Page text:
Johann Albrecht Bengel, a German theologian, born at Winnenden, Wi'irtemberg, June 24, 1087, died December 2, 1752. He distinguished himself at Tubingen as a Greek scholar, early exhibited a predilection for critical study, and was the author of several important works; but that on which his fame as a scholar principally depends is his edition of the Greek Testament, which was published in 1734. It was severely criticised by many eminent scholars, such as Mirhaclis, Baumgarten, and others; but the acuteness, patience, and judgment with which he compared the ancient copies of the New Testament writings, aided materially in the grouping of the original manuscripts into families which was afterward carried out. His short notes on the New Testament, published in the Gnomon Novi Testa-menti, have been translated into several languages, and are still held in great esteem. They form the basis of John Wesley's "Notes on the New Testament," which is one of the standard books of Wesleyan Methodism. Bengel also wrote a work on the Apocalypse. He considered the Apocalypse as the key to all prophecy, and believed that any right exposition of it would unseal the entire future history of the world up to the end of time.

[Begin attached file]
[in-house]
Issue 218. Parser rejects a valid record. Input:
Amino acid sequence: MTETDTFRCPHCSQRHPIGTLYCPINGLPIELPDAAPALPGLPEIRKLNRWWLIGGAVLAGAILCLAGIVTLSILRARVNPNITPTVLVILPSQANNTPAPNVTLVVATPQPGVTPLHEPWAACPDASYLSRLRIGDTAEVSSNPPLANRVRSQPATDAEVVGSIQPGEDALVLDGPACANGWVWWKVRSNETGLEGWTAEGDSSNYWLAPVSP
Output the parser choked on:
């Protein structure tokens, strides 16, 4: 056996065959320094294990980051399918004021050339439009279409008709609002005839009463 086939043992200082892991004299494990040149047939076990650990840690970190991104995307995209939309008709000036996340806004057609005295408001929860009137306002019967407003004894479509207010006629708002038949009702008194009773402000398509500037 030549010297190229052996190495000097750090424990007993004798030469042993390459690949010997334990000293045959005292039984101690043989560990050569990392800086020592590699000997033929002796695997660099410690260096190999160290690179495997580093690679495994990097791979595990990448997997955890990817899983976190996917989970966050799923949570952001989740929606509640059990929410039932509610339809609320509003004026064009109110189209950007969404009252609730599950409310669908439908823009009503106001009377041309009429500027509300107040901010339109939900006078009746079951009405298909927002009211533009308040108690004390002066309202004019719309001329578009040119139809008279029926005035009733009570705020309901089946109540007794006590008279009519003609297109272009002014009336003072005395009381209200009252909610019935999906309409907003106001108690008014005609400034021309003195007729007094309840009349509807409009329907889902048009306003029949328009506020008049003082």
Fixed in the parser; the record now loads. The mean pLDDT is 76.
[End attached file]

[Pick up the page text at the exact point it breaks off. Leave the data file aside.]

He thought he discovered in the mystical figures of the seer of Patmos that the world would end in 1836.